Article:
A couple of days ago, Tony Jones posted on Theoblogy (don’t worry, I can’t say it either) an excerpt from a New York Times article titled The Evangelical Rejection of Reason. It’s a very interesting article about the anti-intellectualism and cultural isolation that is the squeaky wheel of evangelical Christianity (it’s doesn’t apply to all evangelicals, but it does get the grease). At one point, the author references a quotation we’ve all seen or heard before, “The Bible says it, I believe it, that settles it”. In addition to the implications of isolation and the rejection of reason pointed out in the article, there’s another problem with this statement: whose interpretation of what the Bible says are you talking about?
Like it or not, everyone interprets the Bible; it’s impossible to do otherwise. We’re talking about literature written thousands of years ago, by people whose language and culture were utterly foreign to ours. Considering that the Bibles we have today are copies of copies of copies, there are bound to be mistakes in either translation or interpretation. All too often, when people say “The Bible says it, I believe it, that settles it”, it isn’t the Bible itself they’re believing, it’s the words of preacher or teacher that they actually believe. How else can you explain theology that allows us to exclude people on the basis of sexual orientation, back state-sponsored execution of criminals and cheer the death of our enemies. All of these things are directly contradicted by the words and actions of Jesus, the man we profess to follow. In Mark 2:17, in response to the Pharisees questioning His dining with “sinners” (those outside “accepted” society), Jesus said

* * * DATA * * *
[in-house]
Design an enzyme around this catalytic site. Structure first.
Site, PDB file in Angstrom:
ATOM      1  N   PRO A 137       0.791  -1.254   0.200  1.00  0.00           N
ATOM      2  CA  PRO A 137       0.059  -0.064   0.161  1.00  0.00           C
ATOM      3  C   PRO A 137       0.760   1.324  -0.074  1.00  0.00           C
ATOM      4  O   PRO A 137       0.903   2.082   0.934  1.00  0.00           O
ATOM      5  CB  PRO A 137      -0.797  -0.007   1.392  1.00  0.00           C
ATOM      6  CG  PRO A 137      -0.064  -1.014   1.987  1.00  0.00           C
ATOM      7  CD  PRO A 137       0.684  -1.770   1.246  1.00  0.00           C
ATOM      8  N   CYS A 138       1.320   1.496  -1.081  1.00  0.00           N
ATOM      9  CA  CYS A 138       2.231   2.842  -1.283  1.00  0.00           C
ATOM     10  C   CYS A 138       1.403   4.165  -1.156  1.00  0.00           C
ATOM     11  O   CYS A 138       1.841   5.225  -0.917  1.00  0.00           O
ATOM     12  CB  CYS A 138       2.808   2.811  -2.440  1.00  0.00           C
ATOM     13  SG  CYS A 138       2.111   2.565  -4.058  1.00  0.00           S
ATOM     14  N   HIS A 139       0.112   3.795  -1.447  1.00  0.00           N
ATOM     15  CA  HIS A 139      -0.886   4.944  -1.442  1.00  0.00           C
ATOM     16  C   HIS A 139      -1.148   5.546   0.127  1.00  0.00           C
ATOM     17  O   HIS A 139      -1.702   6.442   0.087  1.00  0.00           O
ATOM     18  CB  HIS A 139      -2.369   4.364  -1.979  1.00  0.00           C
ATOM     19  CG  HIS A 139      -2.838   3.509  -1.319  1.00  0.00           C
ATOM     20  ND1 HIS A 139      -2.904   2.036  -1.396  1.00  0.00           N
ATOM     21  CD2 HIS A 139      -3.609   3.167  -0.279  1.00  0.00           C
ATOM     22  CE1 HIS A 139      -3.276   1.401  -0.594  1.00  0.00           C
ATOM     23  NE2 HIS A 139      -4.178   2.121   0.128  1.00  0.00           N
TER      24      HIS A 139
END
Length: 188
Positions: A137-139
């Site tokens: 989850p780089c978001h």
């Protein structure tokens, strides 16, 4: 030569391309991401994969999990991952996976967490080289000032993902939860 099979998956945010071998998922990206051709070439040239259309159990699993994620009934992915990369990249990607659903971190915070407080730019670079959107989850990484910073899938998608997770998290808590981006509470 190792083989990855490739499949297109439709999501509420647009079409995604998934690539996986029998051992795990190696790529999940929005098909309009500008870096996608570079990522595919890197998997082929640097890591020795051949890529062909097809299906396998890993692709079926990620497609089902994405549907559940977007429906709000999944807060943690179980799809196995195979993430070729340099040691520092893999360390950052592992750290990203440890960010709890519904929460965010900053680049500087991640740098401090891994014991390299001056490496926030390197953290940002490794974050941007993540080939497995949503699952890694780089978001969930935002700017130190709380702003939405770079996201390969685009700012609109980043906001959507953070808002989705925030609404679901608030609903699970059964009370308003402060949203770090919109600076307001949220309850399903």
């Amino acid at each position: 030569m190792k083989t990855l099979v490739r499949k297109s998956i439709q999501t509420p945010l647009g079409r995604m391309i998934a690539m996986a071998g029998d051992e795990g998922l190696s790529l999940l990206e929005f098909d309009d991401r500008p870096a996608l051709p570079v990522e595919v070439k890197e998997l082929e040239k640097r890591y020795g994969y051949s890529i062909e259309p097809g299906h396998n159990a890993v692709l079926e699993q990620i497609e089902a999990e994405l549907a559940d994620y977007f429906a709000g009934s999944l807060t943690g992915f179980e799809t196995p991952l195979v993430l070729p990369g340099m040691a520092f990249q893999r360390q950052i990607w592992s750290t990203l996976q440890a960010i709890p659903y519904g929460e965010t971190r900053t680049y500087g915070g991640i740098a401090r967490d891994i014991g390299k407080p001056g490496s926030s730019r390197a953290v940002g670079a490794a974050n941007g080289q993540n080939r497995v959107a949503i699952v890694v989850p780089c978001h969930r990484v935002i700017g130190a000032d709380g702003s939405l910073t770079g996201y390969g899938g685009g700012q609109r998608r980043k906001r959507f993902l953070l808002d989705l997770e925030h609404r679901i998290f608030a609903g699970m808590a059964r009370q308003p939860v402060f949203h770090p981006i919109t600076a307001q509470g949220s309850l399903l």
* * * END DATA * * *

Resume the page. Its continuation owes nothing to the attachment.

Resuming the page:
” “Healthy people don’t need a doctor, but sick people do. I didn’t come to call righteous people, but sinners.”
In Matthew 18, when Peter asked how many times he should forgive someone who wronged him, Jesus said:
“Not just seven times, but rather as many as seventy-seven times.[a]23 Therefore the kingdom of heaven is like a king who wanted to settle accounts with his servants”
And, in the Sermon on the Mount, Jesus told us:
” But I say to you, love your enemies and pray for those who harass you”
With the advent of the Occupy Wall Street protests, there seems to be some question over how Jesus feels about how we treat the poor, there’s this from Matthew 25:41-46:
““Then he will say to those on his left, ‘Get away from me, you who will receive terrible things. Go into the unending fire that has been prepared for the devil and his angels. 42 I was hungry and you didn’t give me food to eat. I was thirsty and you didn’t give me anything to drink. 43I was a stranger and you didn’t welcome me. I was naked and you didn’t give me clothes to wear. I was sick and in prison, and you didn’t visit me.’
44 “Then they will reply, ‘Lord, when did we see you hungry or thirsty or a stranger or naked or sick or in prison and didn’t do anything to help you?’ 45 Then he will answer, ‘I assure you that when you haven’t done it for one of the least of these, you haven’t done it for me.’ 46 And they will go away into eternal punishment. But the righteous ones will go into eternal life.”
You be the judge of what the Bible says. Remember, God gave you a brain; He meant for you to use it.